I felt/feel paralyzed.Anne (not her real name) delivered a baby a week ago, she is Critically ill and is on the verge of death, what do we do with her? We give her pain killers, we give her blankets, we give her food (which she in unable to eat) - what is going to happen to her baby?Some of you have asked if I am safe, don't worry we are well "protected" by the riot police who are cruising around this disaster area all day, I was so relived to see them eating sugar cane which means that they are not hungry and will have the strength to "protect us", I don't for a minute believe that they accepted this sugar cane from "illegal people" on an "illegal settlement".A Grandmother asks, "Sister why has God abandoned us? I do not try to answer. People call out "Sisters pray for us".

    An emergency taxi (mini bus) stands in the middle of this "war zone" with the words "God is Faithful" written on it!Just now we are going back there with food, clothing, medicine and cash, we can only try.I am NOT cold, I am NOT hungry but I am very ANGRY. I pray that this will pass.We stand in shock and cry with the people but we also have to try to keep them alive. When will sanity prevail?Where is the outside world? Busy talking about a "NO vote by France".How can the "little ones of this world be brutalized in this way"? Their only crime - they are poor, they are helpless and they happen to live In the wrong part of town and in a country that does not have oil and is not very important to the West.One bystander told me that he had phoned the Red Cross asking for help but was informed "it is not a war situation" so there is nothing we can do!PRAY FOR US.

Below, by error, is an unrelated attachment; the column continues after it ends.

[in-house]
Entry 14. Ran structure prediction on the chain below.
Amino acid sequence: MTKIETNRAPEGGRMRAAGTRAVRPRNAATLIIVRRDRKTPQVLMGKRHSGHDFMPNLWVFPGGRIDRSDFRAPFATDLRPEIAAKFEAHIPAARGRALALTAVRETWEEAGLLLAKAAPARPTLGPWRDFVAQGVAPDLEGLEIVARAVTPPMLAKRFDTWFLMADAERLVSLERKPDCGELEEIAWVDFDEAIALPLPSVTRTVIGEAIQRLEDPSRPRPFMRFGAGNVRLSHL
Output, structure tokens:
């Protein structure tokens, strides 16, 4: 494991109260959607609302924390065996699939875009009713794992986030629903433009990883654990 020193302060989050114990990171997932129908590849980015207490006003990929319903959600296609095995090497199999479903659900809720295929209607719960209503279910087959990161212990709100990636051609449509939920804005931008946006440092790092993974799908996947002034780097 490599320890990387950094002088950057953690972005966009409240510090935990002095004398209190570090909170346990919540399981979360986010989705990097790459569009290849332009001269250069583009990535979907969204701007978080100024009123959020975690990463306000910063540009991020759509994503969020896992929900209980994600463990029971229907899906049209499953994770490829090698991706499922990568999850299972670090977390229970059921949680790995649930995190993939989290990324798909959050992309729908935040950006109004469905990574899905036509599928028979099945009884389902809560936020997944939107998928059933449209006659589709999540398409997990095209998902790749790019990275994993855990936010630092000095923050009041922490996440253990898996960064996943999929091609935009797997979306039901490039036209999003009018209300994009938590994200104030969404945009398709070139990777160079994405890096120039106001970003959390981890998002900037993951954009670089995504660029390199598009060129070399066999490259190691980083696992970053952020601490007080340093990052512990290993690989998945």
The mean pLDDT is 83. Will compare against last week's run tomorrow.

God bless and reward you for your concern.